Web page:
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March 6, 2009

An individual started a SEPP / 72(t) program from his IRA three years ago, now it’s busted…

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An individual started a SEPP / 72(t) program from his IRA three years ago, now it’s busted…

Question An individual started a http://retirementdictionary.com/definitions/substantiallyequalperiodicpaymentsepp substantially equal periodic payment (SEPP) / 72(t) program from his IRA three years ago. This year (three months ago to be exact), he withdrew more than the amount allowed under the SEPP. I understand this has ‘busted’ the SEPP. 1. How much penalty will he owe? 2. He still needs SEPP amounts to cover his living expenses. Should he continue the SEPP?

Answer

A 1. He will owe the IRS all of the 10% http://retirementdictionary.com/definitions/earlydistributionpenalty early distribution penalties that were waived under the SEPP. That is, he will owe the 10% penalty for SEPP amounts that were made during the three year period and any SEPP amounts taken under the program this year.

In addition, he will owe any interest that is assessed by the IRS on those penalties. The interest is usually calculated in the same manner as interest calculated on income tax for which a payment is made late, in which case the interest rate changes quarterly. Furthermore, the calculation is done as if the penalty was reported on the individual’s tax return for the applicable year. For instance, if the SEPP is busted in 2012 from a SEPP that was started in 2009, the interest would be assessed on the 2009 10% penalty from 4/15/10 on the first installment; interest on the penalty from 4/15/11 on the second, and interest on the penalty from 4/15/12 on the third.

It may be a good idea to file (late) IRS Form 5329 for the years that the distributions were taken, and let the IRS calculate the penalty and the interest. Having them perform the calculation may be much easier than if he tried to calculate it himself.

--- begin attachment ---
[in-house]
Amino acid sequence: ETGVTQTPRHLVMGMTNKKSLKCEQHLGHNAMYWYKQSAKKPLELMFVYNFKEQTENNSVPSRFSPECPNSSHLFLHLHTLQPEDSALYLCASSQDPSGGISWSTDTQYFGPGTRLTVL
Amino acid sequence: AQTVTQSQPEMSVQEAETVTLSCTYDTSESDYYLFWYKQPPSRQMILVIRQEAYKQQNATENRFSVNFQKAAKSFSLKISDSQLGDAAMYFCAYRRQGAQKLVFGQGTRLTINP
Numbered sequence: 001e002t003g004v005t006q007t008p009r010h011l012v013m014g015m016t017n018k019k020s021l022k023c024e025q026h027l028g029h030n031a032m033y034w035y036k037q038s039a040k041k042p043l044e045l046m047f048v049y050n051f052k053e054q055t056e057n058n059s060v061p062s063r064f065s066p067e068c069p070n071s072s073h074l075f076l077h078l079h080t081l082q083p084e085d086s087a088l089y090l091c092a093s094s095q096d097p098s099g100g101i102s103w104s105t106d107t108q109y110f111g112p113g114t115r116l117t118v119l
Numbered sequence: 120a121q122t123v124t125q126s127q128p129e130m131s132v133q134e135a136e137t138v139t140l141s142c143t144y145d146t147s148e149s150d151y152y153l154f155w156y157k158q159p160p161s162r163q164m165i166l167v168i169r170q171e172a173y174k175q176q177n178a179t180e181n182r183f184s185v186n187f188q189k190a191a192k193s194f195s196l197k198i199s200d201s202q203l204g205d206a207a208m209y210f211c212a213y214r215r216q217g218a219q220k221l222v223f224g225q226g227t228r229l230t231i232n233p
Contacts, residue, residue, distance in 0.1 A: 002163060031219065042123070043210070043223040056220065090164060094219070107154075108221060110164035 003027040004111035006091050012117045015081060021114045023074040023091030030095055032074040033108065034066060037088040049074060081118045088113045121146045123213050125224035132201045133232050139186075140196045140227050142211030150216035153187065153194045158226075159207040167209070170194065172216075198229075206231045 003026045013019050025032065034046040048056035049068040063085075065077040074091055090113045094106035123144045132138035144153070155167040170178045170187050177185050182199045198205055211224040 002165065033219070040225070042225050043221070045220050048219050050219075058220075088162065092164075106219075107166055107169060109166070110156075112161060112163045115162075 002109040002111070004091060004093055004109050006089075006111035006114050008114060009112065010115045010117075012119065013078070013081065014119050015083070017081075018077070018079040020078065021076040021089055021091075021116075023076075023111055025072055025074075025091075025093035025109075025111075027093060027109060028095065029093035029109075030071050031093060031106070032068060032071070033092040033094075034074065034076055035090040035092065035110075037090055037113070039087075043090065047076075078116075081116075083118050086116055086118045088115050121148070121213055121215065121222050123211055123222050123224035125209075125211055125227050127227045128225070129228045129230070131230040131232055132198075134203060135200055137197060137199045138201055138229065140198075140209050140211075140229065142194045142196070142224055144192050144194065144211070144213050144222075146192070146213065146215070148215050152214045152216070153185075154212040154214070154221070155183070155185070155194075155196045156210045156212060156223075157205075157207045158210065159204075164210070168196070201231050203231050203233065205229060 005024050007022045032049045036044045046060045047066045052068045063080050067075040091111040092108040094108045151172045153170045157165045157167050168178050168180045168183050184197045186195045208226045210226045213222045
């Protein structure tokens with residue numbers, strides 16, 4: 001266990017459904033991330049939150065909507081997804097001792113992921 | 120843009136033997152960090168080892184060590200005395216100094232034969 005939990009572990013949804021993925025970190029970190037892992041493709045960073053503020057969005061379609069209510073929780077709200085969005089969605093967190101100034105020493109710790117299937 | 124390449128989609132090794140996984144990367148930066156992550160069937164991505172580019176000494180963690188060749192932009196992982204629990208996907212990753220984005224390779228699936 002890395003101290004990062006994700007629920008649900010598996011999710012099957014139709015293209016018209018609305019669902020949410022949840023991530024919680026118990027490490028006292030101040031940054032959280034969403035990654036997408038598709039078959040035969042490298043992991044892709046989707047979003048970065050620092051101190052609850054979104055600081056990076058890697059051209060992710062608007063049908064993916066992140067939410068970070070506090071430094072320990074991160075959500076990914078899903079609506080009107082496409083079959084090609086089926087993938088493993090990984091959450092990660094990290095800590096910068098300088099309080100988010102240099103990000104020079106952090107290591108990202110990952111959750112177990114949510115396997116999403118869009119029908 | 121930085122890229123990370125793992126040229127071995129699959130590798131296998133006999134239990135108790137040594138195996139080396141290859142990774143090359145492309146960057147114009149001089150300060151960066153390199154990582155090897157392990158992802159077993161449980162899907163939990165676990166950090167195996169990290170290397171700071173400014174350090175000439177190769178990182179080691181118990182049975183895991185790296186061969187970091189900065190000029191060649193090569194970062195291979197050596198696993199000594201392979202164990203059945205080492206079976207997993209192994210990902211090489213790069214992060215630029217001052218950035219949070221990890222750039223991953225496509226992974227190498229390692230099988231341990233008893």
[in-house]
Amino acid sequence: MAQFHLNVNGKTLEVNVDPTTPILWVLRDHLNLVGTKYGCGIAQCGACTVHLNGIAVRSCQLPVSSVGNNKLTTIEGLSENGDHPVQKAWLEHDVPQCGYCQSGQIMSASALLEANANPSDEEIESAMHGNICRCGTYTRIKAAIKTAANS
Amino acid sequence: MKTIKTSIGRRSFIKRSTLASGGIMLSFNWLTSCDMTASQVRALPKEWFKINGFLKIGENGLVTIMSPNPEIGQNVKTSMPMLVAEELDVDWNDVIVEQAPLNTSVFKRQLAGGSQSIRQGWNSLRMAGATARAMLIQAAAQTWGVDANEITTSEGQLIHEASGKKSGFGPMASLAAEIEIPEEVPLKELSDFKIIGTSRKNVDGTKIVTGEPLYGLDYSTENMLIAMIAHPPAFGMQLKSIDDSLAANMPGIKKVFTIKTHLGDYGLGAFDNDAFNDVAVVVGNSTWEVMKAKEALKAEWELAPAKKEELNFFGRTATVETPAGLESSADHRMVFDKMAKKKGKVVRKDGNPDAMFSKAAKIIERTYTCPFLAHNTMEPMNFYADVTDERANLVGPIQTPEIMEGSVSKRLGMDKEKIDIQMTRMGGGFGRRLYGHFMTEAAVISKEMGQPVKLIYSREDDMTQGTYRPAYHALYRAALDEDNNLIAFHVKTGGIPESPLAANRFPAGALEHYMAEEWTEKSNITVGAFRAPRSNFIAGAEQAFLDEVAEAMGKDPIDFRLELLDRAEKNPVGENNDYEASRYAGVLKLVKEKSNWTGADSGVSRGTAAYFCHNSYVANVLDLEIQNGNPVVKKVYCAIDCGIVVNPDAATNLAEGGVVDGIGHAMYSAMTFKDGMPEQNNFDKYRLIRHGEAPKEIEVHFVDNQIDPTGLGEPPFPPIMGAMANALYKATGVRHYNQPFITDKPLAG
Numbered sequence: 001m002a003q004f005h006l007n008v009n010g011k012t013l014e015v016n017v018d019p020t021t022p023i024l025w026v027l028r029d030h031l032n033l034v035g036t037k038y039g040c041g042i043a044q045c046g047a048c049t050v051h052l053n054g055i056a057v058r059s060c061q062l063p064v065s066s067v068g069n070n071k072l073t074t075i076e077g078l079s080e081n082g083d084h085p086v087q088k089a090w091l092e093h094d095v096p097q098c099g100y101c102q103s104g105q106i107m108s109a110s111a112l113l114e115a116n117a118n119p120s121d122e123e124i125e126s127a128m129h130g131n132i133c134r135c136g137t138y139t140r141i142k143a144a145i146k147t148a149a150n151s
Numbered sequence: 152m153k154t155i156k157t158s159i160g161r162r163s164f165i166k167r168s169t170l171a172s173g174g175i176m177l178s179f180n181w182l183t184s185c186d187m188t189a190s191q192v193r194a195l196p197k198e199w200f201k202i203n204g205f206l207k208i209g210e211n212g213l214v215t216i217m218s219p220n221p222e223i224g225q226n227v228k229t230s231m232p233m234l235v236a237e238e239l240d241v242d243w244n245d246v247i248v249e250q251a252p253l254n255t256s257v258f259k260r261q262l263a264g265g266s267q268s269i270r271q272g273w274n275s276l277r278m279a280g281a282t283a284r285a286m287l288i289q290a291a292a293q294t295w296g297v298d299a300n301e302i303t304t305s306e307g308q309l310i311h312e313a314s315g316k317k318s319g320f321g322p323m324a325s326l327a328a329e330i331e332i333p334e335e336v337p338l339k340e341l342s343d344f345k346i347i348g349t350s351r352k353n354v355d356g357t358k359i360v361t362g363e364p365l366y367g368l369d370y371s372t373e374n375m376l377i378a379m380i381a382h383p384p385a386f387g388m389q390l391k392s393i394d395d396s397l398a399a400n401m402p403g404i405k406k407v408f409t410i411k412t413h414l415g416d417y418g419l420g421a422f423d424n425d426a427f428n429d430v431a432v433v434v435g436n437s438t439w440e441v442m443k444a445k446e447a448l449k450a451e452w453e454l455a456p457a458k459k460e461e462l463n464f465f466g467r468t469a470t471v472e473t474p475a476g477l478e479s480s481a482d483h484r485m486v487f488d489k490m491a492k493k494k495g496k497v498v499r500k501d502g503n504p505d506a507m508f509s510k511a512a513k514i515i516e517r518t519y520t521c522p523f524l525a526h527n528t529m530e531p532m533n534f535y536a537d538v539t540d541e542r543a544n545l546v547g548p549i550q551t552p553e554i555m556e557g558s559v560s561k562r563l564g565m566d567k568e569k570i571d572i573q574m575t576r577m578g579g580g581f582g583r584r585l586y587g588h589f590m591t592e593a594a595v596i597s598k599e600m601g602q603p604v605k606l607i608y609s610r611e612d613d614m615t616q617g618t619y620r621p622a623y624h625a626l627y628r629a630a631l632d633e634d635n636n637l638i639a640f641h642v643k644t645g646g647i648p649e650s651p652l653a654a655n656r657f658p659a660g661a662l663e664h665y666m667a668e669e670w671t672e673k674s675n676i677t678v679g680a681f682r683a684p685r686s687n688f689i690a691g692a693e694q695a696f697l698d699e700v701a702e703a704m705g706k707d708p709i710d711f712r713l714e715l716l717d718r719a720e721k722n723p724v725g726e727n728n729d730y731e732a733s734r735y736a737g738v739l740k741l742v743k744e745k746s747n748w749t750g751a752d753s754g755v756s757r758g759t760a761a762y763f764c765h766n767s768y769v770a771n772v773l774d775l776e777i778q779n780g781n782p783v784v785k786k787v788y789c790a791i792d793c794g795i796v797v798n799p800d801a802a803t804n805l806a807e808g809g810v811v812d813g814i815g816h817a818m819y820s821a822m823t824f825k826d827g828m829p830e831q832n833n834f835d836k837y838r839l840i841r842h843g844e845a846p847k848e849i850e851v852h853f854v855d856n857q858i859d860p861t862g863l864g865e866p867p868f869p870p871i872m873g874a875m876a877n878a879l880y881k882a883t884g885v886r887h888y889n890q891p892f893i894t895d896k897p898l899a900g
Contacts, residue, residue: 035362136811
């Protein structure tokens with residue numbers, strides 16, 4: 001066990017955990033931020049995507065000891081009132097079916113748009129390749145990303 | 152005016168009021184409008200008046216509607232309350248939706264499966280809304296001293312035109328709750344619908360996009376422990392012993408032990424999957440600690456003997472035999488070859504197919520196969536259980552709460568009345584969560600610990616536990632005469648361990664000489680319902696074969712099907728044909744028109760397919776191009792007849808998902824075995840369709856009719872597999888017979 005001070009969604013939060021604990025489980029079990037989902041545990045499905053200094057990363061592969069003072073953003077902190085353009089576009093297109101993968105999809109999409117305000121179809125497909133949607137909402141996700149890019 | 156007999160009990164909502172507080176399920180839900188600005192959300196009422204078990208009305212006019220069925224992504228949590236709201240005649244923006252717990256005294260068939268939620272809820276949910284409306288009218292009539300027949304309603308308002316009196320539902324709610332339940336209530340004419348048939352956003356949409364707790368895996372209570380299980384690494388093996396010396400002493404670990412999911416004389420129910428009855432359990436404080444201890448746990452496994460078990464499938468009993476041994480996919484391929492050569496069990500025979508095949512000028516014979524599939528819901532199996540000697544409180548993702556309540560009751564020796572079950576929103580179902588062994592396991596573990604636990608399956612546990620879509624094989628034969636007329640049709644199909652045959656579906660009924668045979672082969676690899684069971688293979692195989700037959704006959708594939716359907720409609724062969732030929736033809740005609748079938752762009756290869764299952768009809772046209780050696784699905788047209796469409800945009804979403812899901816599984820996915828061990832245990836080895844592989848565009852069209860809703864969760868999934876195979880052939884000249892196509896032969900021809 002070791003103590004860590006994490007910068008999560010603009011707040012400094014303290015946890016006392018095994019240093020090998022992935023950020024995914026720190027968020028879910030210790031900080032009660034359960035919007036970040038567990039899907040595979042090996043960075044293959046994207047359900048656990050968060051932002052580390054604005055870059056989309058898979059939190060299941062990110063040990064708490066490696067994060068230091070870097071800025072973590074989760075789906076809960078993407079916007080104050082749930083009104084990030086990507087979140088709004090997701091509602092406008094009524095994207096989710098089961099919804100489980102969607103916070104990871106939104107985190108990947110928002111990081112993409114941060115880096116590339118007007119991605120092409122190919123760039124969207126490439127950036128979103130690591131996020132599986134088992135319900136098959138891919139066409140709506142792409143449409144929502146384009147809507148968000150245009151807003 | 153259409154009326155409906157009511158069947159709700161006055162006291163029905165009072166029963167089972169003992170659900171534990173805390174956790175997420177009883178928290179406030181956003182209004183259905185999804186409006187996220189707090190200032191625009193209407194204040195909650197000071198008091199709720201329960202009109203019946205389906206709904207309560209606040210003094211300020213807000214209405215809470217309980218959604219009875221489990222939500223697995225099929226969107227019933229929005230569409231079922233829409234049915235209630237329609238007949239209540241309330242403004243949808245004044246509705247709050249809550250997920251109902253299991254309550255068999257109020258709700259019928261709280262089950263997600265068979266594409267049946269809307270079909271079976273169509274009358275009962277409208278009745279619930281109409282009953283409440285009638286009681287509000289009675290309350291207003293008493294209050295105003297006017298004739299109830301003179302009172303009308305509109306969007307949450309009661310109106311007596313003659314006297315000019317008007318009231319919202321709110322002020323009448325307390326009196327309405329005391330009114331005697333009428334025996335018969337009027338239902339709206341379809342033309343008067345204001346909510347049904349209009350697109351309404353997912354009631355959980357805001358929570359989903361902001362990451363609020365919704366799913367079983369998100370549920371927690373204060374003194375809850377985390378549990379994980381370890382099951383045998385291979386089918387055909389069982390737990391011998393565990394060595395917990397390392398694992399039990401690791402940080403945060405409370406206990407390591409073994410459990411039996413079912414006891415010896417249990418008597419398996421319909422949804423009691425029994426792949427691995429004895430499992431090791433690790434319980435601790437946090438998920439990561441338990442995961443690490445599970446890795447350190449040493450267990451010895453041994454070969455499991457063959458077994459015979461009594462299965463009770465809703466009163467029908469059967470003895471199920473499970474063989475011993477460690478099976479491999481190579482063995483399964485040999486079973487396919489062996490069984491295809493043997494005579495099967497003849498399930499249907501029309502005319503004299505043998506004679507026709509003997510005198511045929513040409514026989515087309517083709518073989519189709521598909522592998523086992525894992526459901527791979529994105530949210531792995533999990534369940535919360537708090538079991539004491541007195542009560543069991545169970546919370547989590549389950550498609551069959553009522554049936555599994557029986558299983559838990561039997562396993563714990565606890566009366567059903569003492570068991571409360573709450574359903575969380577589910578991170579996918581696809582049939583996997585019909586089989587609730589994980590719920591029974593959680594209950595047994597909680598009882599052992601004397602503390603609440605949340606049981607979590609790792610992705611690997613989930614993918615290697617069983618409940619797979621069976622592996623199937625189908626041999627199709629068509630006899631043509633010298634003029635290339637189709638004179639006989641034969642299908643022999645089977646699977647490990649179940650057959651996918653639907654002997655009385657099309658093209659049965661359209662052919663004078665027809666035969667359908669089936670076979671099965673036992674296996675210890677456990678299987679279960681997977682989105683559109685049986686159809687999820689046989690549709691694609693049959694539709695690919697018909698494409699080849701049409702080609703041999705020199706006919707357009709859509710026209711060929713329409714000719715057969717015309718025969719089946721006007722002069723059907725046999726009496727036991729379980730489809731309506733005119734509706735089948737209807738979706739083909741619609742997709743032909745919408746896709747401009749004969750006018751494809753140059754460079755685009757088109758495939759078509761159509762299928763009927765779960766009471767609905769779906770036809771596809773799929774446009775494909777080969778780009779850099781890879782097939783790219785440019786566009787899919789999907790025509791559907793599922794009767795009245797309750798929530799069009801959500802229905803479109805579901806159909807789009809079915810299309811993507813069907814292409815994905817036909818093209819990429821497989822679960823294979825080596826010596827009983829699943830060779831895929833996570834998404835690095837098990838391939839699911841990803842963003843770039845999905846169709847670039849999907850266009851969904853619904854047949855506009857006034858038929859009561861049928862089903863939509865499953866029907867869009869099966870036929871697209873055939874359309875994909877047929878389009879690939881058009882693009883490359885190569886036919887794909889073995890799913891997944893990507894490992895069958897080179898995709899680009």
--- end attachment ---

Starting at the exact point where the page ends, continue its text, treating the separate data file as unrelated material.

A 2. Since he has modified (violated the terms of) the SEPP, that SEPP should not be continued. He may start a new SEPP if he still needs income from his IRA on a steady basis. Before starting the SEPP, the he may want to consider the following:

• Whether it makes sense to split the IRA into two accounts, so that the SEPP is taken from one IRA and the second IRA is available in the event he needs to make ad-hoc withdrawals. Withdrawals made from the second IRA would not affect the SEPP. The reverse calculator at the following link can be used to determine how much is needed to produce pre-determined SEPP amounts http://www.72t.net/Sepp/Irc72tReverseCalculator.aspx
• The number of years that he will need to continue the SEPP. Bearing in mind that a SEPP must continue for five-years, or until he reaches age 59 1/2, whichever is longer
• Does it make better sense to take ad-hoc withdrawals and pay the penalties, instead of being locked into a scheduled payment? If he really needs that amount of income each year, and his retirement account is his only source of that income, then it seems he has no choice.

He may want to visit the SEPP forum at http://www.72t.net/Discussion/ViewPosts.aspx?A=2 . This is where the best SEPP experts meet to engage in SEPP related discussions. Most importantly, he should work with a financial or tax professional who is an expert on SEPPs.

Written By

Denise Appleby

Denise is CEO of Appleby Retirement Consulting Inc., a firm that provides IRA resources for financial/ tax/legal professionals. She has over 20 years of experience in the retirement plans field, which includes training and technical consultation.

Denise writes and publishes educational /marketing tools for advisors; available at http://irapublications.com. Denise co-authored several books on IRAs

Denise is a graduate of The John Marshall Law School, where she obtained a Masters of Jurisprudence in Employee Benefits, and has earned 5 professional retirement designations.
She has appeared on numerous media programs, sharing her insights on retirement tax laws.

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